Narrative text is a kind of text to retell the story that past tense. The purpose of the text is to entertain or to amuse the readers or listeners about the story.
The generic structure of Narrative text :
- Orientation :
It set the scene and introduce the participants (it answers the question : who, when, what, and where).
- Complication :
Tells the problems of the story and how the main characters solve them.
- Resolution :
The crisis is revolved, for better or worse.
- Re-orientation :
The ending of the story.
- Evaluation :
The stepping back to evaluate the story or the moral message of the story
Linguistic features :
1. Use active verbs.
2. Use past tense.
3. Use conjunction.
4. The first person (I or We) or the third person (He, She, or They).
5. Use specific nouns.
6. Use adjective and adverbs
Kind of Narrative text :
1. Legend : Sangkuriang, Malin Kundang, etc.
2. Fable : Mousedeer and crocodile.
3. Fairy tale : Cinderella, Snow white, Pinocchio, etc.
4. Science fiction
Example of Narrative text :
Long ago there lived a King and Queen who said every day, “If only we had a child!” But for a long time they had none.
One day, as the Queen was bathing in a spring and dreaming of a child, a frog crept out of the water and said to her, “Your wish shall be fulfilled. Before a year has passed you shall bring a daughter into the world.”
And since frogs are such magical creatures, it was no surprise that before a year had passed the Queen had a baby girl. The child was so beautiful and sweet that the King could not contain himself for joy. He prepared a great feast and invited all his friends, family and neighbours. He invited the fairies, too, in order that they might be kind and good to the child. There were thirteen of them in his kingdom, but as the King only had twelve golden plates for them to eat from, one of the fairies had to be left out. None of the guests was saddened by this as the thirteenth fairy was known to be cruel and spiteful.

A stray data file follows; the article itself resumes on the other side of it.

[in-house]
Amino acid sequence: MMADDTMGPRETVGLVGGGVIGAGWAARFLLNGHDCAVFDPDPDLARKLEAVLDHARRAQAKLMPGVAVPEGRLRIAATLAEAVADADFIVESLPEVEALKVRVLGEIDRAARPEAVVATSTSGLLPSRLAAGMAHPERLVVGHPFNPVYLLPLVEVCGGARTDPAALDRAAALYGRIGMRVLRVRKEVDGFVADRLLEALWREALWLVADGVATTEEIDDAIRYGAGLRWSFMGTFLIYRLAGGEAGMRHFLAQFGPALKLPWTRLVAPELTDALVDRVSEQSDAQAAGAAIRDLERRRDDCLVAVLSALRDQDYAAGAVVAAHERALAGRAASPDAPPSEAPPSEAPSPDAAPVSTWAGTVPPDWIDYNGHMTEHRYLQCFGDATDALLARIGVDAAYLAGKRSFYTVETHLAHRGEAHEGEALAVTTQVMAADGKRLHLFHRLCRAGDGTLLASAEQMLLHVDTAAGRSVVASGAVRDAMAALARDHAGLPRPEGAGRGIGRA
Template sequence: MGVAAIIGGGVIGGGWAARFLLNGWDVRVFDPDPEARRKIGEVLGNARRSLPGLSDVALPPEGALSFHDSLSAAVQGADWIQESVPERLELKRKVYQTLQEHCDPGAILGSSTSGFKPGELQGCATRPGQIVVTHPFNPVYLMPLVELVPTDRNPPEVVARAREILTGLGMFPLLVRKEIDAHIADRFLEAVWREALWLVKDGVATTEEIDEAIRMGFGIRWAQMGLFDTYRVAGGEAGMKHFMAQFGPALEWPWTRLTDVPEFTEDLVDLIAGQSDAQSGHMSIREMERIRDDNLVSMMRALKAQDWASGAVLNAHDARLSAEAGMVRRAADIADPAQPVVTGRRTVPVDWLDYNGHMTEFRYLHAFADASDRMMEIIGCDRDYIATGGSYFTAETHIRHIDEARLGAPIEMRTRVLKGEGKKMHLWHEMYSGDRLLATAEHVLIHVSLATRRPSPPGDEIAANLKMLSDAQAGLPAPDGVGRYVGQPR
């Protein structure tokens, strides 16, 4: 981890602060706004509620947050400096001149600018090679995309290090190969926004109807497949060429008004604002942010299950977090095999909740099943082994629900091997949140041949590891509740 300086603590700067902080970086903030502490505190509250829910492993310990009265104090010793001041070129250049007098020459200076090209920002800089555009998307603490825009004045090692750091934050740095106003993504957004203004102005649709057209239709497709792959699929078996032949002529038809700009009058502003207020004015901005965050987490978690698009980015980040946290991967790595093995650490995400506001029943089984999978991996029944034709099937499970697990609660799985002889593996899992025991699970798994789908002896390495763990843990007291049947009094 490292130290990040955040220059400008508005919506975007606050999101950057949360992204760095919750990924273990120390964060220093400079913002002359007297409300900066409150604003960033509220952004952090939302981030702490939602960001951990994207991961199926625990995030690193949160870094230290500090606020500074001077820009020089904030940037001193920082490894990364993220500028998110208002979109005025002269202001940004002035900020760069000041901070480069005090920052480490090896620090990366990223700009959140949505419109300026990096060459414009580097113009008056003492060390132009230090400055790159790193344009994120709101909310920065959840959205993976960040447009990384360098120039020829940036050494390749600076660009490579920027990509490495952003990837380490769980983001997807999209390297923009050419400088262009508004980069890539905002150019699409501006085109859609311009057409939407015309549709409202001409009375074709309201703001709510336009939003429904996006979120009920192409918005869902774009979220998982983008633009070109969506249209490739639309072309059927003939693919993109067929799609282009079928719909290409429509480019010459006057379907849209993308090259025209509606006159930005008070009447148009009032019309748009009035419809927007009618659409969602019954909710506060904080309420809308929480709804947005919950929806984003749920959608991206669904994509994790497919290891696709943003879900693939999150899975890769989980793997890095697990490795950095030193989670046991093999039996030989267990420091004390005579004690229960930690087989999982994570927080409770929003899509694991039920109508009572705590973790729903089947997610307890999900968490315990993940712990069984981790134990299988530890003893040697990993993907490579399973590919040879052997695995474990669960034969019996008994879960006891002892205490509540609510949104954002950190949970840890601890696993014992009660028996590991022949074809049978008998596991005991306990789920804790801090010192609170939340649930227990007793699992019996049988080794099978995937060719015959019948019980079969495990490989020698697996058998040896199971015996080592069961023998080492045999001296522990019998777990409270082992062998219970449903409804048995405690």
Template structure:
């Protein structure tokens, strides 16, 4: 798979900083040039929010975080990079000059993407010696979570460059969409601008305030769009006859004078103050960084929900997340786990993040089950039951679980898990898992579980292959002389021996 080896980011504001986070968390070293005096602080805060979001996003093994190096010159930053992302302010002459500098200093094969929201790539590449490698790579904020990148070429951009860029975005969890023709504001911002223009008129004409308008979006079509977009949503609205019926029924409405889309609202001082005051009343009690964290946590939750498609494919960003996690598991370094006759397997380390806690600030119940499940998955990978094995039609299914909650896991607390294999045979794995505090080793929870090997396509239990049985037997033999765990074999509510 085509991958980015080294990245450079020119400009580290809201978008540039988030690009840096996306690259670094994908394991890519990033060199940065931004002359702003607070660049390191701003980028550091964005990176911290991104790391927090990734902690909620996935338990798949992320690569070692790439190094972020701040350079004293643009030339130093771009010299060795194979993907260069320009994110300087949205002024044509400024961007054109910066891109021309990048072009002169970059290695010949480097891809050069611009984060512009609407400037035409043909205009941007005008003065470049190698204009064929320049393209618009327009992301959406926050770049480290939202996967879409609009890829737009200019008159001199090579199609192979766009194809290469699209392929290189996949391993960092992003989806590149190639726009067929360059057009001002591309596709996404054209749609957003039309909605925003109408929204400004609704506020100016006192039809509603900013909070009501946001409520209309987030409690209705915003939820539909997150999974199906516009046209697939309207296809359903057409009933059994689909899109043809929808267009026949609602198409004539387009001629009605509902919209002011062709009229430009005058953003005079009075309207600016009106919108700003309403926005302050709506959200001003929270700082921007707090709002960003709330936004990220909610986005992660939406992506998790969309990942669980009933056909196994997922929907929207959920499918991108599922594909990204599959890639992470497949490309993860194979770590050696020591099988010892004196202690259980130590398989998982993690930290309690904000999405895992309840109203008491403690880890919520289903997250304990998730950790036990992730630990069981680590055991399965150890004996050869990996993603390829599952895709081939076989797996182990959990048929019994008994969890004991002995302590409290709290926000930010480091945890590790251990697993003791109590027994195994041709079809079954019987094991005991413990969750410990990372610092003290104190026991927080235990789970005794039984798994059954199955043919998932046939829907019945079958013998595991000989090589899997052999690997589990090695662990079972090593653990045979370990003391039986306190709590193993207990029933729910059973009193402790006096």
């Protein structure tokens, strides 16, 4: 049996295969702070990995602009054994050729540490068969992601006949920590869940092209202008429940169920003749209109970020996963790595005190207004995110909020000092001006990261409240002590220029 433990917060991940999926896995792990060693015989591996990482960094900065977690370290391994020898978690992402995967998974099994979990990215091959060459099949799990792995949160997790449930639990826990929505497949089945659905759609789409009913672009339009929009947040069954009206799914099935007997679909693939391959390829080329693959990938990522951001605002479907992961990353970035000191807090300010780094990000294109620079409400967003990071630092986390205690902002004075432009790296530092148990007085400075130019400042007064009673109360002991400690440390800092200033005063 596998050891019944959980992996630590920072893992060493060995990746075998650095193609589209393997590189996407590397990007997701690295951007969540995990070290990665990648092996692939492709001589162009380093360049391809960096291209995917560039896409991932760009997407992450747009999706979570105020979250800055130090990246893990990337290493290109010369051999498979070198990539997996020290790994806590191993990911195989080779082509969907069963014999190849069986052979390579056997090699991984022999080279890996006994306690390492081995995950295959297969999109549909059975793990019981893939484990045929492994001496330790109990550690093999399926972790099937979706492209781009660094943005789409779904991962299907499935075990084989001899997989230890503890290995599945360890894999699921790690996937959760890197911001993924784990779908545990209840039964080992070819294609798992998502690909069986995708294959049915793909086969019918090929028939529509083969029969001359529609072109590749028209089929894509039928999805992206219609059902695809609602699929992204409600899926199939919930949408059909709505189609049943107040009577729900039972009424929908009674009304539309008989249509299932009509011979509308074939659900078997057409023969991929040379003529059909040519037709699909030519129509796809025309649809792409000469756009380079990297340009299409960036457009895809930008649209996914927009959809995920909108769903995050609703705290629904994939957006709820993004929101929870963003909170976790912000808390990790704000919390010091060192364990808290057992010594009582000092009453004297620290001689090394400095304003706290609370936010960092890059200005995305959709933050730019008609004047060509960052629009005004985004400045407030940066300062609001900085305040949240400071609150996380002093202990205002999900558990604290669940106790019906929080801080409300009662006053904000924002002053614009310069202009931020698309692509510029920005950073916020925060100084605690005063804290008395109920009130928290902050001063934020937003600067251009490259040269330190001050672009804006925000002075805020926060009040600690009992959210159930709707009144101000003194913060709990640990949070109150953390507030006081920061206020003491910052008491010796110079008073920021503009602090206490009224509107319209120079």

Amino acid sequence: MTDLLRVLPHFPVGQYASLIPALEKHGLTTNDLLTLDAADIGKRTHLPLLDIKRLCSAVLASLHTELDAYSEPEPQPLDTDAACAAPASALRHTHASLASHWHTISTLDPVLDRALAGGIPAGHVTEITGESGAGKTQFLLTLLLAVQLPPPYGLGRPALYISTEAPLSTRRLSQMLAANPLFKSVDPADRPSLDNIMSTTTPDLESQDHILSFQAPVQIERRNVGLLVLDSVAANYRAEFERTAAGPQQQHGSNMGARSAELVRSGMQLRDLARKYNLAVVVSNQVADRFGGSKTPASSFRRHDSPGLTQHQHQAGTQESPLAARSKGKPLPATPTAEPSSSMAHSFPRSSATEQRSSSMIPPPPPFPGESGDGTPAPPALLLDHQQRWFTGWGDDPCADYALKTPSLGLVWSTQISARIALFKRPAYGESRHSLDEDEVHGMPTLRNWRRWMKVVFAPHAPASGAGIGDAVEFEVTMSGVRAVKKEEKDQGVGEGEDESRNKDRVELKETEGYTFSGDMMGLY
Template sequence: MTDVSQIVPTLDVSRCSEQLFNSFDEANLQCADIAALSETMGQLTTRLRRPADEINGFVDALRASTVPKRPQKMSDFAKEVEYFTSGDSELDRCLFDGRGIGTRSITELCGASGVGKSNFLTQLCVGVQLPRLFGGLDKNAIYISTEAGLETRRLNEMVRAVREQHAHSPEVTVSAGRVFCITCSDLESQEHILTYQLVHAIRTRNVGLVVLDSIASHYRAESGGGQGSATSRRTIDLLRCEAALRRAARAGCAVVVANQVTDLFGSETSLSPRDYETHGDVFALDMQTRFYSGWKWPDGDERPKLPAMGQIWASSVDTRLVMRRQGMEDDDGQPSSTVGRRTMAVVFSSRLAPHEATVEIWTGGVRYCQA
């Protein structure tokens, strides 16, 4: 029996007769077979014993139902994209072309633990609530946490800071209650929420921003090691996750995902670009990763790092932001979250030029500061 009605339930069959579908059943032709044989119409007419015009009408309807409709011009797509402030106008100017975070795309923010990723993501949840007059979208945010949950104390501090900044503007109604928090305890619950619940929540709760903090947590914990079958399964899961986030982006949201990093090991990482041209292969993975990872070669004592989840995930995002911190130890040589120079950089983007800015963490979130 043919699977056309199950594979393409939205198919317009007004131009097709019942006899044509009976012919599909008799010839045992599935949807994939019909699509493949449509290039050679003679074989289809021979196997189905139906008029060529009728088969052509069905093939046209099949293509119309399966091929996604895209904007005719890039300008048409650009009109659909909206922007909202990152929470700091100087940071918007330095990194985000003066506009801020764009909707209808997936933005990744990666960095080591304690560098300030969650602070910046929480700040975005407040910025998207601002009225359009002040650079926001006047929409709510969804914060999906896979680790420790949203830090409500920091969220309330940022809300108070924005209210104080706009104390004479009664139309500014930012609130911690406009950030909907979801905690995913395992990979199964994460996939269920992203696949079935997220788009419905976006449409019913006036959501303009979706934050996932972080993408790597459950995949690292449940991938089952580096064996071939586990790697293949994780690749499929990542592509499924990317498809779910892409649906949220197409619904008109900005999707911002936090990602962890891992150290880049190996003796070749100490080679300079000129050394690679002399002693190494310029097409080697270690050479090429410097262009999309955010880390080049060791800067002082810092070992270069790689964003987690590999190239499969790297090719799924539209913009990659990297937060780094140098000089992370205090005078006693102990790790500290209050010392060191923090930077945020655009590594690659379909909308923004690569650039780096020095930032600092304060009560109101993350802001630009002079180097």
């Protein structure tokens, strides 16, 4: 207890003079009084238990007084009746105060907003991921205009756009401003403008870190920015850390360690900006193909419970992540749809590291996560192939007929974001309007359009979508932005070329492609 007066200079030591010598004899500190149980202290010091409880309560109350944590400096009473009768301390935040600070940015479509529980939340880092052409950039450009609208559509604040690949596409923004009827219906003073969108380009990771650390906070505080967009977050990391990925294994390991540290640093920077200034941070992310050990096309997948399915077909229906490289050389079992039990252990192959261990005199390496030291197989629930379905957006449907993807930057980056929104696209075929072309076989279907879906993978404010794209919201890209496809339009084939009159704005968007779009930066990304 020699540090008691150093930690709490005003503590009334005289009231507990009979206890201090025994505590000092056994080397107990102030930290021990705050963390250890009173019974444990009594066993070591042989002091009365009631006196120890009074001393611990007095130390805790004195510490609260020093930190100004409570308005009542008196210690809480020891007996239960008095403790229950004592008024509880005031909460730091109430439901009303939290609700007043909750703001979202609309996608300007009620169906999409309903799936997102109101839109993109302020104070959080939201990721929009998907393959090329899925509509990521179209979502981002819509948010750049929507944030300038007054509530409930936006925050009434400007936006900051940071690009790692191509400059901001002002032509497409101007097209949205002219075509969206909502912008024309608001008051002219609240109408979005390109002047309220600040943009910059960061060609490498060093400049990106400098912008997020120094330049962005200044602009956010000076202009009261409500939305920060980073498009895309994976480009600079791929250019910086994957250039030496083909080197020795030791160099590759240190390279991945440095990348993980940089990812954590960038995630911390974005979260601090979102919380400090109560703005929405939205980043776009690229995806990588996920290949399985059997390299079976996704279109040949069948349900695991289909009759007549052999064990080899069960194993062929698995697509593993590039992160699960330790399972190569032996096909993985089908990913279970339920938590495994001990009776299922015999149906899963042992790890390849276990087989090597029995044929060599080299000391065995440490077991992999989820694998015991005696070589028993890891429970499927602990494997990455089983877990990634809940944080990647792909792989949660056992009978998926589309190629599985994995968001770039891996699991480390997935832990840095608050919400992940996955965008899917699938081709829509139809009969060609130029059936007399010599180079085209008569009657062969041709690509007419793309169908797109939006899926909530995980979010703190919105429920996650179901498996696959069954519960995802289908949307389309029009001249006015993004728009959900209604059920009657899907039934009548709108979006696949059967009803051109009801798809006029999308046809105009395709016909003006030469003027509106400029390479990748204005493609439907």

An amazing feast was held and when it came to an end, each of the fairies presented the child with a magic gift. One fairy gave her virtue, another beauty, a third riches and so on — with everything in the world that anyone could wish for.
After eleven of the fairies had presented their gifts, the thirteenth suddenly appeared. She was angry and wanted to show her spite for not having been invited to the feast. Without hesitation she called out in a loud voice,
“When she is fifteen years old, the Princess shall prick herself with a spindle and shall fall down dead!”
Then without another word, she turned and left the hall.
The guests were horrified and the Queen fell to the floor sobbing, but the twelfth fairy, whose wish was still not spoken, quietly stepped forward. Her magic could not remove the curse, but she could soften it so she said,
“Nay, your daughter shall not die, but instead shall fall into a deep sleep that will last one hundred years.”
Over the years, the promises of the fairies came true — one by one. The Princess grew to be beautiful, modest, kind and clever. Everyone who saw her could not help but love her.
The King and Queen were determined to prevent the curse placed on the Princess by the spiteful fairy and sent out a command that all the spindles in the whole kingdom should be destroyed. No one in the kingdom was allowed to tell the Princess of the curse that had been placed upon her for they did not want her to worry or be sad.